Here is a brief summary:
On the first day, the students heard about Rachel's upcoming trip to Israel. Each class discussed travel, packing lists, pre-existing knowledge of Israel, and what they would like to do in Israel.
The next day they boarded the plane. We discussed the geography of Israel, enjoyed an in-flight move about the sites of Israel, and sampled flight refreshments. The students were very interested in ElAl airlines; how the Jewish people have their own airline to their own country.
Rachel (and the students) spent Shabbat in Tzefat. On Monday we discussed and looked at pictures of the synagogues, ruins, and artists of Tzefat.
Finally it was time for our trip to the Kotel! The fact that it was Rosh Chodesh was even more special. [Thank you Upper Girls for having already made a pretend Kotel.]
Praying, writing notes, giving Tzedaka, washing hands, and walking backwards were all appreciated in different ways by different students. It was a universally enjoyed experience.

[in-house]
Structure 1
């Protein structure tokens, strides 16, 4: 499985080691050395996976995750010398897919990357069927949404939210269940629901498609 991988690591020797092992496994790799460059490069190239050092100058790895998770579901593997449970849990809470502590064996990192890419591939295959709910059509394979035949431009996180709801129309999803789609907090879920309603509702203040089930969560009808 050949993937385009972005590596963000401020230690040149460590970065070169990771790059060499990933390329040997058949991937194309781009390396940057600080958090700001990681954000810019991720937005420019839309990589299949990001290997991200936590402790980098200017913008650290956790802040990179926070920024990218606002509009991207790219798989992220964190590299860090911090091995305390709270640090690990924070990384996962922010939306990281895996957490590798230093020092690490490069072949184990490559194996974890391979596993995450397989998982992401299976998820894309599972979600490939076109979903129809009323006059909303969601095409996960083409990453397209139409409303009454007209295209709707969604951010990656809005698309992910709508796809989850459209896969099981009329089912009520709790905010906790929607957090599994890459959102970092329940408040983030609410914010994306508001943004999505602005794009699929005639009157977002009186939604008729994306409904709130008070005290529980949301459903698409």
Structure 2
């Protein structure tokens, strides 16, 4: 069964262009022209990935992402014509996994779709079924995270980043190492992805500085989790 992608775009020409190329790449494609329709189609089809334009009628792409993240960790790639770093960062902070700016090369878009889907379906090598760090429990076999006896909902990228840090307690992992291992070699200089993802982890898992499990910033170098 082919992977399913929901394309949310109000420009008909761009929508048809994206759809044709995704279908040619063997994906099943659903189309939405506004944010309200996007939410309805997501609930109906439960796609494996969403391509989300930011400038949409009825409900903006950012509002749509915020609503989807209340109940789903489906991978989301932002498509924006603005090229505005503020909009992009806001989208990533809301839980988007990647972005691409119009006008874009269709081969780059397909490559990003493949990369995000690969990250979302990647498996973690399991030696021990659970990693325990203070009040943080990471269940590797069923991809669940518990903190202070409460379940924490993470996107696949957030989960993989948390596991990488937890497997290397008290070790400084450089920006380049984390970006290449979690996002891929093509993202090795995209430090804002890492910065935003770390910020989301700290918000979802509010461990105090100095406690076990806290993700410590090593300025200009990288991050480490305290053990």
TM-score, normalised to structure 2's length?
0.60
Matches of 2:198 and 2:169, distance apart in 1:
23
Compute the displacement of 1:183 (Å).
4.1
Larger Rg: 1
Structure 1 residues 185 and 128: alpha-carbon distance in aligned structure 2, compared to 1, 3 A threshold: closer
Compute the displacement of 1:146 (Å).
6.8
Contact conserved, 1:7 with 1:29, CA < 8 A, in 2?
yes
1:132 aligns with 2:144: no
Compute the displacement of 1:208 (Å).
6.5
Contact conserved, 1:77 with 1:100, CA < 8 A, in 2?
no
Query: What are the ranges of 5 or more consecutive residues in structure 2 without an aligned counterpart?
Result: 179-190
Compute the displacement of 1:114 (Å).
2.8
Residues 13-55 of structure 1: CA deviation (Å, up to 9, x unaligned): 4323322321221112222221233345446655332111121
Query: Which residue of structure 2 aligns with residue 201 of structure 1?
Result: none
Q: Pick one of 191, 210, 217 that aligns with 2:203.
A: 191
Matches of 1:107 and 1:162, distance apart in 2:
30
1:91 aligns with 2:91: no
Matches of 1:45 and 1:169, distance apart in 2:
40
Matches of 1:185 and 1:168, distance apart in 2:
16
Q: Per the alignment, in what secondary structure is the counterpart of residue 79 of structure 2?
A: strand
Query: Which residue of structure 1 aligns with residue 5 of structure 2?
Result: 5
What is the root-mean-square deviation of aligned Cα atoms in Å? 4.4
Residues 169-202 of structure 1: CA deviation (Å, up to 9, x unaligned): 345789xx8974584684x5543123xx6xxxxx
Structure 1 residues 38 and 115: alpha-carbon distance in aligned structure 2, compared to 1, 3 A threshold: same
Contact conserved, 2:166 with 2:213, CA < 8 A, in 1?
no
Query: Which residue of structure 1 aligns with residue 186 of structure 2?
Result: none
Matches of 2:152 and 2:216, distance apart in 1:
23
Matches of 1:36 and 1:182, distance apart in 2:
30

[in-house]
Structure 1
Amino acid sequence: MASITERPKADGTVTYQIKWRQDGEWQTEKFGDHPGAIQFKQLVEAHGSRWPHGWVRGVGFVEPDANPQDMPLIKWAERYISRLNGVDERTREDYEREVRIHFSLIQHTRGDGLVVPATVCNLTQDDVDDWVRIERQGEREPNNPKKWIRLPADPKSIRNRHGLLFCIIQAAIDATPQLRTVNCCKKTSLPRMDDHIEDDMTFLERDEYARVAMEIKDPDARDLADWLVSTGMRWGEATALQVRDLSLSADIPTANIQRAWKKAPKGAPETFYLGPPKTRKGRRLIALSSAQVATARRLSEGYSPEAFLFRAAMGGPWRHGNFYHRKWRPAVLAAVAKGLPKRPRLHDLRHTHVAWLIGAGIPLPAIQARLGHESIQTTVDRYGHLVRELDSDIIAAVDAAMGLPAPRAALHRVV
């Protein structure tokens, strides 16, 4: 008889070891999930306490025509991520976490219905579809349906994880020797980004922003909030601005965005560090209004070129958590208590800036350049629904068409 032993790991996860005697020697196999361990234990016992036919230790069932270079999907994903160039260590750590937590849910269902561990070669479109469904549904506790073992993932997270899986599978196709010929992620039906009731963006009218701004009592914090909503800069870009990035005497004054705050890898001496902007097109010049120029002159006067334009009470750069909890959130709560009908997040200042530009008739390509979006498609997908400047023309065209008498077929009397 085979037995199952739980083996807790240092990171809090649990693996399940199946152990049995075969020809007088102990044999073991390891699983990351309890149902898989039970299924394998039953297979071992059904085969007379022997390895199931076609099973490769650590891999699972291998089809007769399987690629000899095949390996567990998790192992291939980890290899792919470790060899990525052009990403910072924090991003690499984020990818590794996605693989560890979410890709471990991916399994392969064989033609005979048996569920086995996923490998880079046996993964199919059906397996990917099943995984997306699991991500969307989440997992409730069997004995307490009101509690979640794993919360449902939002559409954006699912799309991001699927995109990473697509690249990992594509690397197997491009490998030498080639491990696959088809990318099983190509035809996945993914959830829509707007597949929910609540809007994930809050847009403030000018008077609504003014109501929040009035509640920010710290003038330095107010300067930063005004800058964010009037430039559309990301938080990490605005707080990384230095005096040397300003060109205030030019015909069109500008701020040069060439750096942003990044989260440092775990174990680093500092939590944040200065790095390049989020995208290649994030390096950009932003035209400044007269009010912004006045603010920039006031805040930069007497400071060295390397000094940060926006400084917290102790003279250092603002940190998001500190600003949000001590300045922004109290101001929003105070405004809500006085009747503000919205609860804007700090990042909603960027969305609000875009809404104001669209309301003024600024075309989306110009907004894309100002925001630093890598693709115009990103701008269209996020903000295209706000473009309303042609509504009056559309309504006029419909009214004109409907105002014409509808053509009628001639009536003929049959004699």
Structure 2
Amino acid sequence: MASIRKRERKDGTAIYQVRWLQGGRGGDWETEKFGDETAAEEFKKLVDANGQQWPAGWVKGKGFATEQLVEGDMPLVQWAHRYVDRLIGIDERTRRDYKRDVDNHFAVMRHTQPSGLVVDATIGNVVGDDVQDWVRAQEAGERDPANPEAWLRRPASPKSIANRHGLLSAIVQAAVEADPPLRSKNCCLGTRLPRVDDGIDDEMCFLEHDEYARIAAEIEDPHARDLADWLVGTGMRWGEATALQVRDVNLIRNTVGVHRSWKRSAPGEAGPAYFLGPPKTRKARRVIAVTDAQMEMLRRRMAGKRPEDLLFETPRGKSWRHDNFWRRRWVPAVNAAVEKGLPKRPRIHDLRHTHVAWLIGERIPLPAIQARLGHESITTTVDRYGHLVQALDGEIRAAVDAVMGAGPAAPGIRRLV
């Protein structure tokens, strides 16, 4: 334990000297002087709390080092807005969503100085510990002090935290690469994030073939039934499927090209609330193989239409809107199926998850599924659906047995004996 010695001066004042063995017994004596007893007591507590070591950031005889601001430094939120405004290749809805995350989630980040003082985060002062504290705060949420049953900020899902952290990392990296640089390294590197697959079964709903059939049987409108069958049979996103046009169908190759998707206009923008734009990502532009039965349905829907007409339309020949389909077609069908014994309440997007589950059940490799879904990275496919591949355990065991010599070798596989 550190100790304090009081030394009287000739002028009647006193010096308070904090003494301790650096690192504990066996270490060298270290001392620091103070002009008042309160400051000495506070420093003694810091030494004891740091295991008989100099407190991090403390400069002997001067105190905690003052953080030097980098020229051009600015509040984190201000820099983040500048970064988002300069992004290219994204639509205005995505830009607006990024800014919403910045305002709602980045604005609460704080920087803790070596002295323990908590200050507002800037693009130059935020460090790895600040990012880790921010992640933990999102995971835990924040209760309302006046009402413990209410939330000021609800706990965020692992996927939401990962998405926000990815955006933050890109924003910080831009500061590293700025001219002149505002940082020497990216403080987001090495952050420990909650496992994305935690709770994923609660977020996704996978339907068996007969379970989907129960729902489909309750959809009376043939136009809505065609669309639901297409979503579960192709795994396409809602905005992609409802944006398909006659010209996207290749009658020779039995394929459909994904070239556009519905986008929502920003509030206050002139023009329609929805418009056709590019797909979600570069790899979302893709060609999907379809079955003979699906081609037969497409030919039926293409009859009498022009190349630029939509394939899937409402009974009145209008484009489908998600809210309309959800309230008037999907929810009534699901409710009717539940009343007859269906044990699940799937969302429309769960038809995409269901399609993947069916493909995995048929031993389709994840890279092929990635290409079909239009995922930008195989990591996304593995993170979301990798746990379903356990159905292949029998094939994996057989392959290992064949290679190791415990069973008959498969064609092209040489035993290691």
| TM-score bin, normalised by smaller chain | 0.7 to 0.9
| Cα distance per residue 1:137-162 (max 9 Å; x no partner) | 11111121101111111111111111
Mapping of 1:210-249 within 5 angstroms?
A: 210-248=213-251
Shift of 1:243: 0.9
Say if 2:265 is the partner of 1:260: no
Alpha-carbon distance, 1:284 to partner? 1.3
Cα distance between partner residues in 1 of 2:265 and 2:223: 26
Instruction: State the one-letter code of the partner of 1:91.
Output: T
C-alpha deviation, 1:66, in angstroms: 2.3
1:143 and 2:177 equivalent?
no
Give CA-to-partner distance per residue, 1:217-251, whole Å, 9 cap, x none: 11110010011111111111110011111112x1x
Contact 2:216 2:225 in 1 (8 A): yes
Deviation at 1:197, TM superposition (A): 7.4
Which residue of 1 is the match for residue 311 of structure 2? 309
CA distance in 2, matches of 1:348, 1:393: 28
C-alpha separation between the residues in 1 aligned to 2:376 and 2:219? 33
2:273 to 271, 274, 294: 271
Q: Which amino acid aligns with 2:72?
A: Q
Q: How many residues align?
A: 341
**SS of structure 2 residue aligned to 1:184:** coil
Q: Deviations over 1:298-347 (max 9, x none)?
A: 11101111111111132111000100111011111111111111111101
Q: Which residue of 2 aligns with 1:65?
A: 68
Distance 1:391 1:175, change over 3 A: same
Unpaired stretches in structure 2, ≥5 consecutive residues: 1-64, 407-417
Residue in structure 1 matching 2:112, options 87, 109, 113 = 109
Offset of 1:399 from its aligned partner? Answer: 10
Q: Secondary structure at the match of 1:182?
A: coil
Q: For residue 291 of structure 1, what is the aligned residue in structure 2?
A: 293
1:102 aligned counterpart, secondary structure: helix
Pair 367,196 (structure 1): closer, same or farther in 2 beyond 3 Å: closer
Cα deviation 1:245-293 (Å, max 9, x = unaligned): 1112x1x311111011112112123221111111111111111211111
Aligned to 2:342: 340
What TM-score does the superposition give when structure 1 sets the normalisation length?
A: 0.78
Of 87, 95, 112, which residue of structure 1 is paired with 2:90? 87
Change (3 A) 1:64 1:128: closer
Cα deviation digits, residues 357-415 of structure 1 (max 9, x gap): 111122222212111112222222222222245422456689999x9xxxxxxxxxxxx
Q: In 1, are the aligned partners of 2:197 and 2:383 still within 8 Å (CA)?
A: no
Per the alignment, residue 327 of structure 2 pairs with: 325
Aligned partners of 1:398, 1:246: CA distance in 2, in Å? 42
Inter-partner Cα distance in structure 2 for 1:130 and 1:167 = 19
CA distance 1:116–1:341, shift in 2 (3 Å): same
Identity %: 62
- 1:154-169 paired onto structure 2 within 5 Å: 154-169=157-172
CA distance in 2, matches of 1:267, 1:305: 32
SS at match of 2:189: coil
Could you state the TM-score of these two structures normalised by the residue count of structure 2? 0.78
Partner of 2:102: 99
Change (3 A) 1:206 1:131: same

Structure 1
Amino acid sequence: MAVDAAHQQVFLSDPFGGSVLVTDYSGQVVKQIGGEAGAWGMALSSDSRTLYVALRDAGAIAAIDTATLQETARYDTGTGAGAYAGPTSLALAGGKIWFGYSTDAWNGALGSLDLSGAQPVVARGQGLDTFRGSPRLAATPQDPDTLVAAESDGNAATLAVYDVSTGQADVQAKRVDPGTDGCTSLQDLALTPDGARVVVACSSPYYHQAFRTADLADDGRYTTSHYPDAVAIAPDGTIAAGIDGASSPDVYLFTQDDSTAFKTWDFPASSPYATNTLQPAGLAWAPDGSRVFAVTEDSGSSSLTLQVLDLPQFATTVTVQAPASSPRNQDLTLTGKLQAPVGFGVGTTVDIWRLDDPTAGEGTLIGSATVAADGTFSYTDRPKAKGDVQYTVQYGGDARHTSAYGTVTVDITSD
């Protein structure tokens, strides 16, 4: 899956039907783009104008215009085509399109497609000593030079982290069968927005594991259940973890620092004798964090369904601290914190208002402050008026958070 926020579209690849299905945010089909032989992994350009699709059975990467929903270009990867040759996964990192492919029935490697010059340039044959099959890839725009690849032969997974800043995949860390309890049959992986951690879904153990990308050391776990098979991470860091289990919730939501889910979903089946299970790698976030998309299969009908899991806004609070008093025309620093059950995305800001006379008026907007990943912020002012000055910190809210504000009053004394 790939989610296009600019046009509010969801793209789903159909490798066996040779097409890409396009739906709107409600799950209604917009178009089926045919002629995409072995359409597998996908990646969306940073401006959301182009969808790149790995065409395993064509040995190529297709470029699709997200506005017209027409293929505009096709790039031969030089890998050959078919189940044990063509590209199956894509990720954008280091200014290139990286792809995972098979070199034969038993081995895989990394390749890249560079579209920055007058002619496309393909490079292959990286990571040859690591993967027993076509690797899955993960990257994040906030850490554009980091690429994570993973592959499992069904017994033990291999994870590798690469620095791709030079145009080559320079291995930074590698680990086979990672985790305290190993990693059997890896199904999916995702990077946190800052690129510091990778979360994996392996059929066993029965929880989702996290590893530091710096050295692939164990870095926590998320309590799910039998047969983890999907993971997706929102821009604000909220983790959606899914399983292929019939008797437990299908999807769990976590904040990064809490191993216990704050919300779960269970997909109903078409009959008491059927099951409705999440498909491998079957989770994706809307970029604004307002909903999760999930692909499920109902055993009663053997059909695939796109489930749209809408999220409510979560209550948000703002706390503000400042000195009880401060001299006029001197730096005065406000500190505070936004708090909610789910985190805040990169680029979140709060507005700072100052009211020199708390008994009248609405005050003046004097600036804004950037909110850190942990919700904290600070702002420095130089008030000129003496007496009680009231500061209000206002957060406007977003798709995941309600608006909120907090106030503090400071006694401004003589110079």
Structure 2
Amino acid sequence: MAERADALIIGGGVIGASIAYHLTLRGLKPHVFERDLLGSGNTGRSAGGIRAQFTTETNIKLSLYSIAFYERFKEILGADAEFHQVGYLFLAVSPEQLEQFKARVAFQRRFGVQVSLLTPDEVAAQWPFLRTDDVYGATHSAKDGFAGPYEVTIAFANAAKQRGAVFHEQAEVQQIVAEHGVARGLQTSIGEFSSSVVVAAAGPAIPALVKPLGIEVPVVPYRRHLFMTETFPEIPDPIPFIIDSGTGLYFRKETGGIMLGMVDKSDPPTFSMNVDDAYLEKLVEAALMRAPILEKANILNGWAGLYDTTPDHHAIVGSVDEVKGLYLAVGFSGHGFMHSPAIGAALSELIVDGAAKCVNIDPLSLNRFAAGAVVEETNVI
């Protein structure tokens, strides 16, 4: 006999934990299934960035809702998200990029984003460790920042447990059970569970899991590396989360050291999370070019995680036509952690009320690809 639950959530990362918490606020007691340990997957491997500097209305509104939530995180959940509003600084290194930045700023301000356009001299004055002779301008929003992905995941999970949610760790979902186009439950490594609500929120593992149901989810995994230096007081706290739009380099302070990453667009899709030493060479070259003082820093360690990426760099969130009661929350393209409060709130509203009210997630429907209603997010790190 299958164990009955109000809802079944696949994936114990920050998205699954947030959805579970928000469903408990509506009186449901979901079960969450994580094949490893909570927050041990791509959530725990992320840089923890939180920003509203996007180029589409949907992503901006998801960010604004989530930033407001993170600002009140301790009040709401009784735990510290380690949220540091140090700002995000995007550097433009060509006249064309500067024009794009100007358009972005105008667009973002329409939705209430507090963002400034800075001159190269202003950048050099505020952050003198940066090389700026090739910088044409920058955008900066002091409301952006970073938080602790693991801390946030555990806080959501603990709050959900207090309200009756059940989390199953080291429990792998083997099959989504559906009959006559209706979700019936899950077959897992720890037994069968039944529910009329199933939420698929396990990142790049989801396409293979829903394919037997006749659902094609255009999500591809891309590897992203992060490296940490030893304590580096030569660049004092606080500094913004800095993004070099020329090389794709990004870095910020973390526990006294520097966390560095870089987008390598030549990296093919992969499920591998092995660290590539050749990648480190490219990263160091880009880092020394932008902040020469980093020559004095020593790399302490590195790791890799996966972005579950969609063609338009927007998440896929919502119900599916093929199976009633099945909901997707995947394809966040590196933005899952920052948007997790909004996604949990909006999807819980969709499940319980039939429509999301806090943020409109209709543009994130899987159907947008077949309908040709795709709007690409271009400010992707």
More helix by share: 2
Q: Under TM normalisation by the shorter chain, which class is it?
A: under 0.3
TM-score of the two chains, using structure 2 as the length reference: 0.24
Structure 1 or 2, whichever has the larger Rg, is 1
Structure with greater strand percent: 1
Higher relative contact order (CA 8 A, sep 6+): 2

The Pre-K davened Shacharit at the wall.
Tiny Tots having a special moment.First graders writing notes for the wall.
The students were justifiably amazed by watching the live-feed.
The next day Rachel visited her family members around Israel. The students did this virtually with parent-teacher conference day.
On Wednesday, Yom Hazikaron [Israel's Remembrance Day], Rabbi Margolese led an assembly where the students stopped for the siren and watched a video of the traffic stopping in Israel.
To further the understanding of the importance of the Israeli army, Shimon Shriki came to TDS. He spoke about when he served and how the IDF has changed over time. He stressed the mitzvah to protect the land and feeling of fulfillment from doing so. The students listened and asked amazing questions.
Tomorrow is Yom Haaztmaut, Israel's Independence Day, marking 67 years since the establishment of the State of Israel. Now students will celebrate the day with greater appreciation for Israel. But it will not conclude our virtual trip. Students ask periodically when we will be returning to Seattle. My hope is that we won't. A part of us will always be actively connected to the Homeland, always thinking about being there.